Instructions for the Chickens
1. To start making your chicken, cut out the comb, beak, feet, and wing template from our Chicken Template printable. Trace the foot and beak on yellow paper, and the comb on red paper. Trace the wing on white felt. Cut out all pieces.
2. Hot glue the comb onto the smallest pom pom.
3. Cut a small triangle out of yellow paper. Gently curve the triangle on the sides, then glue in the center of the pom pom below the comb. Depending on how you want your chicken’s eyes to look, you can use googly eyes for a goofy effect, or black beads for a cute face.
5. Glue the chicken feet to the big pom pom. Add a dot of hot glue on the front end of the wing, then press firmly onto the pom pom. This allows your chicken’s wings to stay in or out.
7. Attach the head to the body with hot glue. Make sure to press firmly!
Your doll chicken is now complete!
To make a Silkie chicken, trace the feet and beak on black paper. Glue a cotton ball or extra pom pom on top of the chicken's head.
Instruction for the Eggs
1. Roll a small portion of white clay into a ball.
2. Gently shape a tip at one end of the ball to resemble an egg. Having a doll nearby can be helpful when trying to determine the right size for your egg.
Bake or let your clay air dry. If you’re using an oven, remember to ask an adult!
4. Paint the clay light brown or white. Use a toothpick to add speckles to your egg for a realistic look. You can even paint the eggs blue or green like the ones Ameraucana and Olive Eggers lay.
Your dolls are now proud owners of their own fabulous flock!
Today, Blaire's flock of chickens are exploring their new home!
To "thank" Blaire for her creativity and hard work, an abundance of eggs were laid in the nesting boxes this morning.
Oh, look! There's Henrietta on the nest. Better close the lid, Blaire. This hen appears to be very busy!
While some of the hens explore the yard, a few have gathered inside to peek out the chicken wire window.
And of course, we can't forget Blaire's favorite chicken, Dandelion the Silkie!
Tour My Coop
Since today's crafts are all about chickens, we have a special feature for our campers. I'd like to introduce you to my own flock of chickens!
In early spring of last year, a group of baby chicks arrived at our local feed store. Right away I found myself head over heels for them! After many hours of research and planning, my parents agreed to let me have a flock of my own.
At last in May of 2018, I embarked on my adventure of chicken-keeping! The tiny chicks were welcomed to their new home in our backyard.
The "coop cabin" was built using recycled materials from our house, and as of this time, 13 chickens reside here: 6 Buttercup hens (yellow speckle), 6 Barred Rock hens (black and white), and 1 Buttercup rooster.
The Barred Rock hens are the calmest of the bunch, but also the more dominant. Buttercup hens tend to be shy and timid.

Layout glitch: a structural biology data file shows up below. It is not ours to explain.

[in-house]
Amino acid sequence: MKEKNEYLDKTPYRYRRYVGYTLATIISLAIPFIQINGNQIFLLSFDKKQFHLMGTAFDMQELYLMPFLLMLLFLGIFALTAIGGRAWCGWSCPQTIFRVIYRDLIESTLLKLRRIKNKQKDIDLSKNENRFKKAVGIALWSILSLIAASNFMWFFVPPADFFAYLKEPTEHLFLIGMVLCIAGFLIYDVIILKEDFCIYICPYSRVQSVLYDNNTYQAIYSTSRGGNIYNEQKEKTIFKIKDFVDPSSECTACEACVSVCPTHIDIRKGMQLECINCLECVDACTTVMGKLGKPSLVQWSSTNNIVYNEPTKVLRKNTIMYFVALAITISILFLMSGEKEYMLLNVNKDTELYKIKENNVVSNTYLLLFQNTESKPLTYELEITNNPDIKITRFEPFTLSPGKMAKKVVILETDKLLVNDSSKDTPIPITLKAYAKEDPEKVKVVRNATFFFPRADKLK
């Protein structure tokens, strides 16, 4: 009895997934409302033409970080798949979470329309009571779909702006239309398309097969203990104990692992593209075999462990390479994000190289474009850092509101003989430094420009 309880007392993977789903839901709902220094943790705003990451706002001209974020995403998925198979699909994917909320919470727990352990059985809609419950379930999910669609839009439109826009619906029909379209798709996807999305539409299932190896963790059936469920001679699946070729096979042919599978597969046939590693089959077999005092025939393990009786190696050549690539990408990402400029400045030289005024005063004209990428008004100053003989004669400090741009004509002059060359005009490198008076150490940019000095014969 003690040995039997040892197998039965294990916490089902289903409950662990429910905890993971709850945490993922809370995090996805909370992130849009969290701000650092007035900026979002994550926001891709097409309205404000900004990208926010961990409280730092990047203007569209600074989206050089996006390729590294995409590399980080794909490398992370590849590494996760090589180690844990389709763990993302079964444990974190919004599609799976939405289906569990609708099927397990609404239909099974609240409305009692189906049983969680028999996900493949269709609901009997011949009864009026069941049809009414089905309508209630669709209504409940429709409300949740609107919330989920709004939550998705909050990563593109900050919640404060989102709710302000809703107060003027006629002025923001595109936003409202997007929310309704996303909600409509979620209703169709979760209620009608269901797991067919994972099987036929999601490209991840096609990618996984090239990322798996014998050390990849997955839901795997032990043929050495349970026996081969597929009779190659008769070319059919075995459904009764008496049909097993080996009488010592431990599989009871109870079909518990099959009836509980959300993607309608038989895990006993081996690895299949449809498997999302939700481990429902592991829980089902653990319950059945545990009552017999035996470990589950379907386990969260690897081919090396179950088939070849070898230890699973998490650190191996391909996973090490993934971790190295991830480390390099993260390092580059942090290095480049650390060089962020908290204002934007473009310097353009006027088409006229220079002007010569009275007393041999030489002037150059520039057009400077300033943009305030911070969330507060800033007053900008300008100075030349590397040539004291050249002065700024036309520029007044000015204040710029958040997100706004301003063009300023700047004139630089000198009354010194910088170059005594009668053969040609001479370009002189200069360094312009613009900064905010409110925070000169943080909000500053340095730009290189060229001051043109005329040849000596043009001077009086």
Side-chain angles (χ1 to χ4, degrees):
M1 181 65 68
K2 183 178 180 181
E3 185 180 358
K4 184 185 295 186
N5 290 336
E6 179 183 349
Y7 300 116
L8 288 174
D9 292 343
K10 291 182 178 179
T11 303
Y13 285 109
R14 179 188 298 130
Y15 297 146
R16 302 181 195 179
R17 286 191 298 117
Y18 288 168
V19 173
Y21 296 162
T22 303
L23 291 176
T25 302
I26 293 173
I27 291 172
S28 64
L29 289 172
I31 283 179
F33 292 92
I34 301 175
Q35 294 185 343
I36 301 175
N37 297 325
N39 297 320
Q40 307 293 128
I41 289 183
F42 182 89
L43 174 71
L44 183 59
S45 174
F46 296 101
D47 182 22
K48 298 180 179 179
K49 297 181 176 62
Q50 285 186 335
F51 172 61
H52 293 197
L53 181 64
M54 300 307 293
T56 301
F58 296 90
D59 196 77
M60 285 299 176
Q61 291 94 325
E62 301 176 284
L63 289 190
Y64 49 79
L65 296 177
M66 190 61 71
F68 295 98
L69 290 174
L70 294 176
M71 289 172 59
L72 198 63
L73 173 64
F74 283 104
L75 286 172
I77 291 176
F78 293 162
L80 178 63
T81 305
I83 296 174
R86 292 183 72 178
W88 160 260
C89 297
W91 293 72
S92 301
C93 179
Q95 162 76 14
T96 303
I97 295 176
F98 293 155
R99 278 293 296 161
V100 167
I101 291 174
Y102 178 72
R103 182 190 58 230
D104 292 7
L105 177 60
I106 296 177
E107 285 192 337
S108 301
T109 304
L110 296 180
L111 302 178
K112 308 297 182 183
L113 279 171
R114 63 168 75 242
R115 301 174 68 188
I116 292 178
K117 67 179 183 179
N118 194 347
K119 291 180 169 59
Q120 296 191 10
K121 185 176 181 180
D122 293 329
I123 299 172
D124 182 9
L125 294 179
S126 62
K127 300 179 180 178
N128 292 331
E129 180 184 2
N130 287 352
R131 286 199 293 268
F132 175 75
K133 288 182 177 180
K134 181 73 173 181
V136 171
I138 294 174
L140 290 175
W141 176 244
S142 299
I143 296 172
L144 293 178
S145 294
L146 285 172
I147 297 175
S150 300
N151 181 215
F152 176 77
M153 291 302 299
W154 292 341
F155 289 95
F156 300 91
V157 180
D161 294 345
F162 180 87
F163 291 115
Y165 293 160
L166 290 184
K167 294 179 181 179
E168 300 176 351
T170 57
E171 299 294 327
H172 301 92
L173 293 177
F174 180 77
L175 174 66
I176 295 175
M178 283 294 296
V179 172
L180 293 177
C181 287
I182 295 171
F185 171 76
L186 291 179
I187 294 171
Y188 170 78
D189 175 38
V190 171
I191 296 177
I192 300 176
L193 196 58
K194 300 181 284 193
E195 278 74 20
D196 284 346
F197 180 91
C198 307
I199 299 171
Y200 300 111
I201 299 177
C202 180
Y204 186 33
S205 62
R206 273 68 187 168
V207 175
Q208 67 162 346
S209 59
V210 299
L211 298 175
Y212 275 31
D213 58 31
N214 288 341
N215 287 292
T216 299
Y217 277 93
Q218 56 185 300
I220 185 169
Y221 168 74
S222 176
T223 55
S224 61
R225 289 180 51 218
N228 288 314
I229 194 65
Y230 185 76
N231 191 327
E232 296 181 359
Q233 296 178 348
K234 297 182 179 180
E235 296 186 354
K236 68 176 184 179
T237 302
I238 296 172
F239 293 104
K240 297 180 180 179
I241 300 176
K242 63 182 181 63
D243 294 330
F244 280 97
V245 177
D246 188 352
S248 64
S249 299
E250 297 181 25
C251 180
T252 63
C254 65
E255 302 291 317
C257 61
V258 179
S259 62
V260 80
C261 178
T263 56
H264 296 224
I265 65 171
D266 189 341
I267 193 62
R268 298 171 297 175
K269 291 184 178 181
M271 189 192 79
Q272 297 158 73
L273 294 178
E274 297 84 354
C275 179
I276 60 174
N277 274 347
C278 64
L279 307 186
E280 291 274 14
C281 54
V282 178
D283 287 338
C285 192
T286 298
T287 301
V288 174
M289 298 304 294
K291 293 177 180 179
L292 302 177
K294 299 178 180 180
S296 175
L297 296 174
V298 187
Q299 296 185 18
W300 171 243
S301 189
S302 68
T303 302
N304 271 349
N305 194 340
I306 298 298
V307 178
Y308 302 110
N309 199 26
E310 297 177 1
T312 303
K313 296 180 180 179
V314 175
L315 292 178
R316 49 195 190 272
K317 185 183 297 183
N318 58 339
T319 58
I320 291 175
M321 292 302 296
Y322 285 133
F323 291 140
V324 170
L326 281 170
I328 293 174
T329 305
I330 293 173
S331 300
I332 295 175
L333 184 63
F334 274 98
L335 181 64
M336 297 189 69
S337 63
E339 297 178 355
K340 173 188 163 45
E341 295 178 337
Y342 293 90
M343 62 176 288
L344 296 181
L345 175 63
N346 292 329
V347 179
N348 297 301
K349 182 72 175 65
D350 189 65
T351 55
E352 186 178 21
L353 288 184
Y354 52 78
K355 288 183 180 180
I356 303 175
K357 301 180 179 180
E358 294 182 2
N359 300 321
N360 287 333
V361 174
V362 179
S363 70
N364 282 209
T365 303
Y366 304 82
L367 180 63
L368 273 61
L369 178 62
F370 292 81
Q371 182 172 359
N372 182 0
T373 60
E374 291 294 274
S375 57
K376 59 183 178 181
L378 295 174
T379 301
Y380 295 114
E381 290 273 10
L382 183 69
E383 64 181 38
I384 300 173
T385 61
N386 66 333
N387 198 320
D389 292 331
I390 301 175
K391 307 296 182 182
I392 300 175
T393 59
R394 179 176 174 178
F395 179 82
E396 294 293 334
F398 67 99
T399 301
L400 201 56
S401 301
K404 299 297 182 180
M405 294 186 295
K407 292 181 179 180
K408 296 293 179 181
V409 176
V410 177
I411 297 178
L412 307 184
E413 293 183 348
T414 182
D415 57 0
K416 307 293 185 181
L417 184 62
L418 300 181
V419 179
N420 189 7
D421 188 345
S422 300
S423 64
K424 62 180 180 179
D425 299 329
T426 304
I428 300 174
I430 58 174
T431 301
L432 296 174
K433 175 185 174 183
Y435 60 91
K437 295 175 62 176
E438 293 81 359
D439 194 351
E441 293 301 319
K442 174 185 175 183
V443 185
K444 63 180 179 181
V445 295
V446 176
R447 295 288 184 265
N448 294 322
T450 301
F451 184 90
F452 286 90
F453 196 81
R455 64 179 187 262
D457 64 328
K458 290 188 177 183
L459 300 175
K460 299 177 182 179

The hens spend most of their daylight hours outside, scratching for bugs and treats or dust bathing.
Occasionally, I will catch a few chickens perched on the tree roost my brother built!
I can't lie— I do spoil my chickens! They enjoy fresh rose petals, lettuce, or broccoli nearly every day. Three hens were especially excited as my sister fed them leftover squash.
While I love the hens, the sweetest member of the flock is my boy, Willie. Isn't he the cutest?! Believe it or not, Willie has never attempted to attack people. He even allows me to stroke his shiny feathers!
Willie was actually the inspiration for one of my photo stories on the blog (Lottie and the Lovebirds). He's always the last to eat, and the first to protect the hens from anything he perceives as danger. I'm so blessed to have a rooster like him!
You're probably wondering what the inside of the coop looks like... Well, it's just like most coops— full of dust and droppings, ha ha!
Several nesting boxes are on the left side of the coop, where I gather nearly nine eggs per day.
I hope you enjoyed looking at the chickens up close! While you may not have chickens of your own, you can join in on the feathery fun with our last activity of the day.
Click on the image above to print out a special coloring page of Blaire and her chickens! We love to see our camper's artwork, so submit your finished drawing to be feature in the Farm Flashback.
Baby chicks - Hobby Lobby
Flowers and flower pots - Hobby Lobby
Shrubs - Hobby Lobby
Blaire's egg basket - Hobby Lobby
When crafting, improvise and create using what works best for YOU! At the end of each camp craft, we'll be sharing ideas for alternative materials.
Instead of building a coop out of foam board, cover a shoe box with scrapbook paper and cut square holes for openings.
Use decorative eggs from craft stores rather than clay.
Camp posts will be shared on Monday, Wednesday, and Friday of each week.
If you complete a craft or want to share a photo of your doll at camp, snap a picture and send it in, OR share on Instagram using the hashtag #DollFarmCamp2019 to be featured in the Farm Flashback each Sunday!